The Journal of Ozric Von Harbinger Entry 5
Oh bollocks I cannot find my journal. I had it just yesterday, and now it is gone!
If that little git To’Mas has run off with it again, I’ll feed him to the next Hagrynym we come across.
TO’MAS WHERE YOU AT?…….
Cue: Slight giggling sound coming from the villagers huts
Okay so I found my journal, To’Mas had not stolen it, I had merely packed it away with the additional supplies we had gathered. I suppose I owe To’Mas an apology for that, not that he is going to get one!
To’Mas and I stayed in the village with Ana while Viloman accompanied Lord Fitz-Carrel back to his castle. We began by making ourselves a camp just outside the village. It did not seem safe to set up within the village I think To’Mas and I have made a few enemies while we questioned the village elder. It has to be said that I think I did most of the setting up as To’Mas can be a remarkable lazy little man when he puts his mind to it. The more I see of To’Mas the more I am convinced that while he does genuinely believe that he is a ten year old boy he is definitely a Halfling. He also has a bit of a vicious streak when he wants something. Ana had wandered off into the village and was staying with some of the locals I worried about this momentarily, until I saw the bear shuffling along after her.
A couple of hours later Viloman returned from the castle and told us of his meeting with the Baron’s Justiciar (it seems that this is local name for a sheriff) a man named Nottingham. Nottingham informed him of the bounty on the outlaw Robin of the Hood, of some of his more notorious crimes and that he was responsible for the kidnapping of Nottingham’s betrothed the Lady Marian, who coincidentally is also the Baron’s daughter. Nottingham had hatched a plan to hold an Archery tournament in a week’s time, where the prize would be some kind of magical arrow created by the Fay. From what I have observed the “Fay” appears to be the term the Bretonni use to refer to the Elves. Nottingham believed that Robin would be unable to turn down the challenge of entering the tournament right under his nose, and when he does Nottingham will spring his trap and capture the famous Robin of the Hood. Viloman held a meeting with the village elders and heard their complaints. He swore on his Knightly vows to take their case before the Baron personally, oddly this was not received well by some of the villagers.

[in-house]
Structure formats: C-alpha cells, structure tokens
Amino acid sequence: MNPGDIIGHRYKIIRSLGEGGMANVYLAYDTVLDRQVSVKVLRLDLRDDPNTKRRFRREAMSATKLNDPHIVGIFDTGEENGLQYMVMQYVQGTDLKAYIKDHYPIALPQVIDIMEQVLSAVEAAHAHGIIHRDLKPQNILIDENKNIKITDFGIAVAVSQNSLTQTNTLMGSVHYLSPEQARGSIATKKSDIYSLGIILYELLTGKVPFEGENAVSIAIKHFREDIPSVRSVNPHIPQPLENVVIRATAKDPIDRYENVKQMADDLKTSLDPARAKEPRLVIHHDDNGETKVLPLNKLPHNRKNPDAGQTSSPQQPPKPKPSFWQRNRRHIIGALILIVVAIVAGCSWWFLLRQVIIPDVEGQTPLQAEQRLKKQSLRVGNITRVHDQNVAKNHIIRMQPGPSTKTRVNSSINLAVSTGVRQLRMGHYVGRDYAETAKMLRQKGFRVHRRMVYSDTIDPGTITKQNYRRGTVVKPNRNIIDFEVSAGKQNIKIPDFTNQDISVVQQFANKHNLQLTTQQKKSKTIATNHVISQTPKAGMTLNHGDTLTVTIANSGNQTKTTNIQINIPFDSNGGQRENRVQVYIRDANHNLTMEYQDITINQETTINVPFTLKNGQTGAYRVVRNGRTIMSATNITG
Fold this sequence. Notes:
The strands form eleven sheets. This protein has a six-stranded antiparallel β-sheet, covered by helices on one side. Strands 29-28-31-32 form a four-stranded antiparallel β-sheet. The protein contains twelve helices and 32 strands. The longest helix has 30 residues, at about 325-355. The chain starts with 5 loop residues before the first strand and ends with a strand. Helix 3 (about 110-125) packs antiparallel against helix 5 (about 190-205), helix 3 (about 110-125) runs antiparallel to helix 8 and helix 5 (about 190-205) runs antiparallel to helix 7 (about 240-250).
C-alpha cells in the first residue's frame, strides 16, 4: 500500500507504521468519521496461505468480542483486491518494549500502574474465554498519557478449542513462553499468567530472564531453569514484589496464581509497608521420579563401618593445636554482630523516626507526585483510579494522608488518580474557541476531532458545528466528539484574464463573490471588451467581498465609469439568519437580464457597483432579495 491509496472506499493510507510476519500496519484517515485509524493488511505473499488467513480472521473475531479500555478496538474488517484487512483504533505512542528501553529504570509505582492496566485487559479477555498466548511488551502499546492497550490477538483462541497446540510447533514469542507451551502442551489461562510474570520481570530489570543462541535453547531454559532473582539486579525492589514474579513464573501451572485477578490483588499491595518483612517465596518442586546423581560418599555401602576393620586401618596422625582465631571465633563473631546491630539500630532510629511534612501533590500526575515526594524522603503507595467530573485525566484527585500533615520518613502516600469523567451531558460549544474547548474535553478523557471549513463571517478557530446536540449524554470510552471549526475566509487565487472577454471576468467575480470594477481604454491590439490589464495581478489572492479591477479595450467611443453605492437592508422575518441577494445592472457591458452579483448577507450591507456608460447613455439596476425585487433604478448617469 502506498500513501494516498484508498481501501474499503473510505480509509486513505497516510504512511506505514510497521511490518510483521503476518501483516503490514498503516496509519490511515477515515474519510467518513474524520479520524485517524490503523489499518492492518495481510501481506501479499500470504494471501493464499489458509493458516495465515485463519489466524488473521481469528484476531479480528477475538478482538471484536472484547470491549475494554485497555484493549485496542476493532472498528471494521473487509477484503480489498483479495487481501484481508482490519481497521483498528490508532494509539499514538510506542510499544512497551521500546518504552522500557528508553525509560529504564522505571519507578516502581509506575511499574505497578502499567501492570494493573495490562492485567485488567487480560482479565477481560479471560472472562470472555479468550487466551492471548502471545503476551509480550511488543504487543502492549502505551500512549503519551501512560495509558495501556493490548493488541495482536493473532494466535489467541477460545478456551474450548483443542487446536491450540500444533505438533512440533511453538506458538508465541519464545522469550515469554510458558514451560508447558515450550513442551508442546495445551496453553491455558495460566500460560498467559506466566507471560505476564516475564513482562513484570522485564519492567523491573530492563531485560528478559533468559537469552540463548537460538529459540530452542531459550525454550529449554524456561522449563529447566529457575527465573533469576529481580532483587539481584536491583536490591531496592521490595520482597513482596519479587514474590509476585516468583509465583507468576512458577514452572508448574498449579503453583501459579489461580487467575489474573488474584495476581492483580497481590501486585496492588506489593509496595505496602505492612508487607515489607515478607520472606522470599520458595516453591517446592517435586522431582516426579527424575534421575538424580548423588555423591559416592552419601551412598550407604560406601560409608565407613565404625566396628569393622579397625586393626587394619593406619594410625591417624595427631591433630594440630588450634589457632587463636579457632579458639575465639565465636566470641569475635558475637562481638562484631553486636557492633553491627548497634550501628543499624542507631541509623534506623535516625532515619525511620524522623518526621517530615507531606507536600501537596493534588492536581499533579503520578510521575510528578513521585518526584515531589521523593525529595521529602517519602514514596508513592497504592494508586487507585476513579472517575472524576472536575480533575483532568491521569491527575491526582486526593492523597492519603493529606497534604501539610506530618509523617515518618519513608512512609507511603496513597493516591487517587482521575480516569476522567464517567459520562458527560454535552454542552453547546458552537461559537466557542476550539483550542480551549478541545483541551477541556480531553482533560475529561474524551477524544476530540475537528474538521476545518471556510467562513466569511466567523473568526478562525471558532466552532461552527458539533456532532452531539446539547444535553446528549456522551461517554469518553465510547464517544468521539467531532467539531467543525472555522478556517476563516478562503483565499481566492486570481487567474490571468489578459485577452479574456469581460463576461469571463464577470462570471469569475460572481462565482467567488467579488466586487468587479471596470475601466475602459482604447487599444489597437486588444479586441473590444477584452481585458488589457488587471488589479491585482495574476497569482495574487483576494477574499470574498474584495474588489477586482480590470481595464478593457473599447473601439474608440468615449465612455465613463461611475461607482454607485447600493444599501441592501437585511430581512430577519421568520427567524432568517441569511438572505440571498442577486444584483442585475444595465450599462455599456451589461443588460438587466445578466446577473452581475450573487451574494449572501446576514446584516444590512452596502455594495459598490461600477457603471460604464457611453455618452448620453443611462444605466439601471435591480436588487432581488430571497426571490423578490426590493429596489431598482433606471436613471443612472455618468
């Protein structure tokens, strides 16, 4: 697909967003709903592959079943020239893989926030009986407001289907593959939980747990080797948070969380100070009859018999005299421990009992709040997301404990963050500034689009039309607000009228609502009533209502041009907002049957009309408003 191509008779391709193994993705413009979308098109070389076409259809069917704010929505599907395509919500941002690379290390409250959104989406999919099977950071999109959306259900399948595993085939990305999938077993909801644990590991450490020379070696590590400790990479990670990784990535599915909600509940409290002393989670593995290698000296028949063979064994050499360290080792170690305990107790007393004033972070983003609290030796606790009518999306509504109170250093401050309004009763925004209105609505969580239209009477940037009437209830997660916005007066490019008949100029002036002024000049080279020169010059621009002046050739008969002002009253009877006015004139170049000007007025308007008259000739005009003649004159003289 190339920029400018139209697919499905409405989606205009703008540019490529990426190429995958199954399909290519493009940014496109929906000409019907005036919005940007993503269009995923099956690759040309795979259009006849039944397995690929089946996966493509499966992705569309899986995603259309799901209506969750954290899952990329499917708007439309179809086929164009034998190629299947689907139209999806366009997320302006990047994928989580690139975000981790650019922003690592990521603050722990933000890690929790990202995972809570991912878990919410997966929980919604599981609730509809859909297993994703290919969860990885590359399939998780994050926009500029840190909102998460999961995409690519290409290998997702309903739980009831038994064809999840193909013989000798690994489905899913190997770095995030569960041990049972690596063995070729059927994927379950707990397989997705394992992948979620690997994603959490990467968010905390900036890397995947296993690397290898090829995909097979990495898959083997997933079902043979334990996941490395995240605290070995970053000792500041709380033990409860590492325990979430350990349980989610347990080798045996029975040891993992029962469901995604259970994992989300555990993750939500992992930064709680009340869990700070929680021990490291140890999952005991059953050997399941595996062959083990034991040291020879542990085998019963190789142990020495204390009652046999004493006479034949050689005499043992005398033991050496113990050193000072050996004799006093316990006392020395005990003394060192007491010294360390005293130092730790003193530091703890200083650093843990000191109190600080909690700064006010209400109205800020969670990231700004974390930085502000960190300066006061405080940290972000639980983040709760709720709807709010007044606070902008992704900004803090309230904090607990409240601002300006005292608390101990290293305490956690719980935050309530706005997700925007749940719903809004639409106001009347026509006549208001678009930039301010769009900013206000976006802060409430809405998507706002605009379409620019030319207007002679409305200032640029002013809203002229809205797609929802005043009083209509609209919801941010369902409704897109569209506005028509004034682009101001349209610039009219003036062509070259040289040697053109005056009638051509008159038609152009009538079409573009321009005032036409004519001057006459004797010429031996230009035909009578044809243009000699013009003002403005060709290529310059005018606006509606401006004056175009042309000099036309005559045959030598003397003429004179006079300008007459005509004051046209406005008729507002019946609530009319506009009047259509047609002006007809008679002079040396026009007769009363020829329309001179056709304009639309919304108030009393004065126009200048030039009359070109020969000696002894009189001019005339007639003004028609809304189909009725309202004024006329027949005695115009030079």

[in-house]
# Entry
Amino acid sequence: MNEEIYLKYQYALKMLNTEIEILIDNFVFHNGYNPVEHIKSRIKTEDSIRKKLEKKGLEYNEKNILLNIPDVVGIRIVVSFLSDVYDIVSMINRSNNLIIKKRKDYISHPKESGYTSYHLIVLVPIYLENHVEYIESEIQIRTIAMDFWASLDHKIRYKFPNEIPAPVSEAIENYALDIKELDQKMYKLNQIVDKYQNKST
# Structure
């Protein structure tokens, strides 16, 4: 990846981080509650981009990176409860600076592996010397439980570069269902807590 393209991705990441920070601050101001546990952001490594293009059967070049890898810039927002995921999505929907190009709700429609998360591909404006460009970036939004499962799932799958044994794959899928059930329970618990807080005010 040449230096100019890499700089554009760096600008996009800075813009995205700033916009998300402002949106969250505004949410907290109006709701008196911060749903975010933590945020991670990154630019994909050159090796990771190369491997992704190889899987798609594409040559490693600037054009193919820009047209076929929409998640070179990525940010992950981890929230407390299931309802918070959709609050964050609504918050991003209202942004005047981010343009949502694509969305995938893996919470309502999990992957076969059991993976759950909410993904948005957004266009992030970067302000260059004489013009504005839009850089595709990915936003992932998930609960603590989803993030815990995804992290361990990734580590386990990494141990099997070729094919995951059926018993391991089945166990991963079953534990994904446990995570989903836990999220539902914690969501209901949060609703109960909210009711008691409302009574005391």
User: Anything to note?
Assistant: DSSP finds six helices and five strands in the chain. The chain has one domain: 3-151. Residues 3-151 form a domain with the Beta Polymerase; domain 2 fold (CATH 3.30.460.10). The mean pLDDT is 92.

After his meeting Viloman and I hatched a plan to possibly catch Robin. The taxman was due the next day and Robin has a habit of attacking tax convoys. Viloman asked To’Mas and I if we had any empty chests in our wagon, we did not lie as such as we do not have any empty chests, both the chests we have are filled with gold. He asked us to travel to the Baron’s castle and return with an empty chest that we could exchange the taxman’s full chest with. To’Mas and I set out immediately. We arrived some time later at the castle and were led to the quartermaster. He was a solid veteran warrior and I passed some time with him drinking and swapping war stories. He told me many stories of the exploits of Robin the Hood. The quartermaster does not seem to like Justiciar Nottingham and takes an almost perverse pleasure in the stories of Robin. I would go so far as to say that he seemed almost proud of Robin’s accomplishments. While I had the quartermaster distracted To’Mas wondered around the storerooms and helped himself to anything that was not nailed down. Once we had gotten our empty chest and a variety of other supplies we set off back to the village at a leisurely pace.
When we arrived back at the village we went to see Viloman and told him what we had brought back and also told him some of the stories of Robin that the quartermaster had told us. Tomorrows plan was that we would swap out the chest and then travel with the taxman and fight off Robin if he tries to take the taxes. Viloman agreed that we should camp separately, he seemed uncharacteristically suspicious of his surroundings and asked that To’Mas and I should travel round the village and memorise the faces we encountered, I assume in case the outlaw band try to infiltrate the village on the next day. If I did not know Viloman better I would have said that he seemed to be disturbed by the circumstances under which the villagers were currently living.